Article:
Costa Rica Pet Relocation
Moving to Costa Rica (or any other international destination) with pets has gotten complicated over the past few years. Read below for up-to-date advice on the best and most affordable ways to move your dog or cat to Costa Rica.
Moving Your Pet to Costa Rica: What You Need to Know
Bringing your dog or cat to Costa Rica doesn't have to be difficult. Costa Rica's pet importation paperwork is fairly straightforward and there is no quarantine requirement in the country. The largest challenge for most pet-owners moving to Costa Rica is finding an airline that will fly their pet (read on for some suggestions).
How to Move Your Pet to Costa Rica: A Step-by-Step Guide
Determine if you can fly your pet in-cabin (hint: is your pet + its carrier 20lb or less?). If so, we highly recommend going this route. It will likely save you a great deal of money, and it's easier on your pet than flying in the hold of a plane.
If you have a larger dog, you will have 3 options:
- Use a pet relocation company to book your pet as cargo onto an airline. They will also oversee all paperwork and customs clearance.
- Fly your pet using a shared private charter flight. There are several companies that allow pet owners to split the cost of a charter and bring their pets on board in cabin.
Make an appointment with your vet. Ensure your pet is up to date on all vaccines, and that their rabies vaccine will be current when they travel. Other than rabies, dogs are required to have the following additional vaccinations: distemper, leptospirosis, parvovirus, and hepatitis. Cats are required to have vaccinations for: feline viral rhinotracheitis, feline leukemia, calicivirus, and panleukopenia.
Make another appointment with the vet for within 2 weeks of your pet's travel date. At this appointment your vet will need to fill out the Veterinary Certificate for Costa Rica. The certificate will then need to be endorsed by the USDA (USA) or CFIA (Canada). Note that in the United States, only certain veterinarians are authorized to submit paperwork for USDA endorsement. In Canada, you can bring the paperwork to your local CFIA office yourself. Make sure you have the original paperwork to bring to Costa Rica!
Ensure you have a carrier that meets all airline requirements, along with other materials. For example, you may need to attach a water dispenser to a crate, line your pet's carrier with absorbent pads, or use calming pheromone sprays.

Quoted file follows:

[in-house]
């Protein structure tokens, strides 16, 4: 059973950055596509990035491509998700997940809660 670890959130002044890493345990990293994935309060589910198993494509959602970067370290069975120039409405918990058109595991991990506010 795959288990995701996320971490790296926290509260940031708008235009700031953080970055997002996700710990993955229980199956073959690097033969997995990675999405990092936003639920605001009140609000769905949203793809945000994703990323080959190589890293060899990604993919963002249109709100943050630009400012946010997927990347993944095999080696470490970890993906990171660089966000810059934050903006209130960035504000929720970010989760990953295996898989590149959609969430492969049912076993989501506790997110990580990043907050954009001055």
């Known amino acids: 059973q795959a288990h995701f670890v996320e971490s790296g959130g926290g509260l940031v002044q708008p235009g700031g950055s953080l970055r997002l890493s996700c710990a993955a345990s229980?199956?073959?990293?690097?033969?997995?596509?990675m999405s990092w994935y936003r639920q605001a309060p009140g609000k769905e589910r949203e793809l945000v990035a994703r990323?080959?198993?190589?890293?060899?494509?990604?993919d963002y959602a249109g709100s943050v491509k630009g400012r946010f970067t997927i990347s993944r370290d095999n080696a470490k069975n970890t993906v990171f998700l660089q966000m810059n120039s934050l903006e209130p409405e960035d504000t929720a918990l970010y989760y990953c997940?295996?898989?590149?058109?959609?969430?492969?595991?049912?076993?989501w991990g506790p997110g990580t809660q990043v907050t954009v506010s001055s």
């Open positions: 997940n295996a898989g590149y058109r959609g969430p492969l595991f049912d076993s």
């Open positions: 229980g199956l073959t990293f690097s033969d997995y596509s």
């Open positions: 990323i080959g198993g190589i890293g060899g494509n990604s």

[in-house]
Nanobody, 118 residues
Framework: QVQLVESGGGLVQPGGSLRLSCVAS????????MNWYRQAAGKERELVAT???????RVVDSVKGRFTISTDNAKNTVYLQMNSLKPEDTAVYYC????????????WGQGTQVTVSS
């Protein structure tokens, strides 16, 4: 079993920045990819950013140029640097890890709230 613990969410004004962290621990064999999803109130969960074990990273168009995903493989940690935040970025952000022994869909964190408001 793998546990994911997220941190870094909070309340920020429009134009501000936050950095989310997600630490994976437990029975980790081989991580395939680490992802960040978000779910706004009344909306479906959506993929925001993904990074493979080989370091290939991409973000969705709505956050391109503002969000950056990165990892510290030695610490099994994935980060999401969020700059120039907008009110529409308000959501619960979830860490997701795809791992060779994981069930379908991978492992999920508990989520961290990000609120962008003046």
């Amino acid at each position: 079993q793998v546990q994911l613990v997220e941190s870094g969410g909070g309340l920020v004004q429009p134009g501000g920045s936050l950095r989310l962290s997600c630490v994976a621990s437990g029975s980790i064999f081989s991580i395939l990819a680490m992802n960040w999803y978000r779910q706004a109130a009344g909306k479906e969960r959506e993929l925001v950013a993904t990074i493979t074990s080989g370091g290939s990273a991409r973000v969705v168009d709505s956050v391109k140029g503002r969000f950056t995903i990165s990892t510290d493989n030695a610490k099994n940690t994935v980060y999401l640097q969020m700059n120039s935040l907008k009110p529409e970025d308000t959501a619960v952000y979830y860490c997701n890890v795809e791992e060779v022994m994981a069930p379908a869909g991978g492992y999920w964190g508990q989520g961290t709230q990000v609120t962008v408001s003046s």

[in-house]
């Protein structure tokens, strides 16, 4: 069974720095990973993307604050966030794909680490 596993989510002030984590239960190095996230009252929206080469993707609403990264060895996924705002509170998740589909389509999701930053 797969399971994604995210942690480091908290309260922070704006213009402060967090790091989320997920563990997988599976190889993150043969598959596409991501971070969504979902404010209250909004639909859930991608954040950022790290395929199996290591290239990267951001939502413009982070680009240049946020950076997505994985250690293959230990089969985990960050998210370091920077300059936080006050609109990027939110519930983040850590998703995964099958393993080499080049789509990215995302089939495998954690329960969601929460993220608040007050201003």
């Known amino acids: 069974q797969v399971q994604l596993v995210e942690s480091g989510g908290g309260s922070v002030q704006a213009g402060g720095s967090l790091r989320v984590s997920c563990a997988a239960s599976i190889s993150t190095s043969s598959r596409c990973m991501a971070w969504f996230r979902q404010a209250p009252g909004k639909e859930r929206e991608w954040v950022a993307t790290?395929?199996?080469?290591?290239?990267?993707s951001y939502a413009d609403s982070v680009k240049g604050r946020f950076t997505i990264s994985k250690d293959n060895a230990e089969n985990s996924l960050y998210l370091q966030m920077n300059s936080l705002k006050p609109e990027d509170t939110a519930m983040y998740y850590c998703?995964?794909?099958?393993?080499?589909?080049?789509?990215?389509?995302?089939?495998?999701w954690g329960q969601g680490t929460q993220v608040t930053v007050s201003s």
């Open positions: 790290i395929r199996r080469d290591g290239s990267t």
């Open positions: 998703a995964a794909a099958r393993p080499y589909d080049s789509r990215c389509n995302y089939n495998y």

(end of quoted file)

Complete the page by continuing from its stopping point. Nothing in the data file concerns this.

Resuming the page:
Feeling overwhelmed? Concerned about how much time this could take?
Get in touch. StartAbroad specializes in moving American and Canadian expats and their pets to Costa Rica..
If you are unsatisfied with any StartAbroad partner or StartAbroad service, we will refund you 100% of our fee.
Importing Your Pet Into Costa Rica
Costa Rica requires only one form to be completed by an approved veterinarian, then endorsed by your country's relevant government institution (USDA for the U.S., CFIA for Canada). Find the form here for travelers from the U.S. For travelers from Canada, you can find the form here. It is in both English and Spanish, so no translation is required.
USDA endorsements may be completed online by approved veterinarians. We highly recommend using the online system for USDA endorsement, as snail mail may be delayed. If you must mail in your forms, use an overnight express service like FedEx or UPS.
In certain areas of the United States it can be challenging to find USDA accredited veterinarians. You may need to ask around to several vets. In Canada, most vets are authorized to complete the required paperwork.
Special Cases: Bringing Snub-nosed, Large, and Other Restricted Dog Breeds Into Costa Rica
Many airlines restrict transportation of certain breeds. Snub nosed breeds are one category – breeds where there are some concerns about breathing problems, such as pugs, French bulldogs, and Persian cats. Very large dogs are also often not allowed due to weight and crate size restrictions. Some airlines further restrict breeds with particularly strong jaws, or require reinforced or special crates for these breeds.
If your dog is a restricted breed you may be able to find an airline that still will transport your pet. International carriers are often more permissive - Copa and Avianca's cargo pet programs are worth exploring in particular.
If your budget allows, another good solution is to fly with your pet on a shared charter flight. Your pet can fly in-cabin with you, and you can split the cost of the flight with other pet owners. Shared charter flights are most often available out of airports in Texas, although you may also find flights from Florida, California, and other southern U.S. states.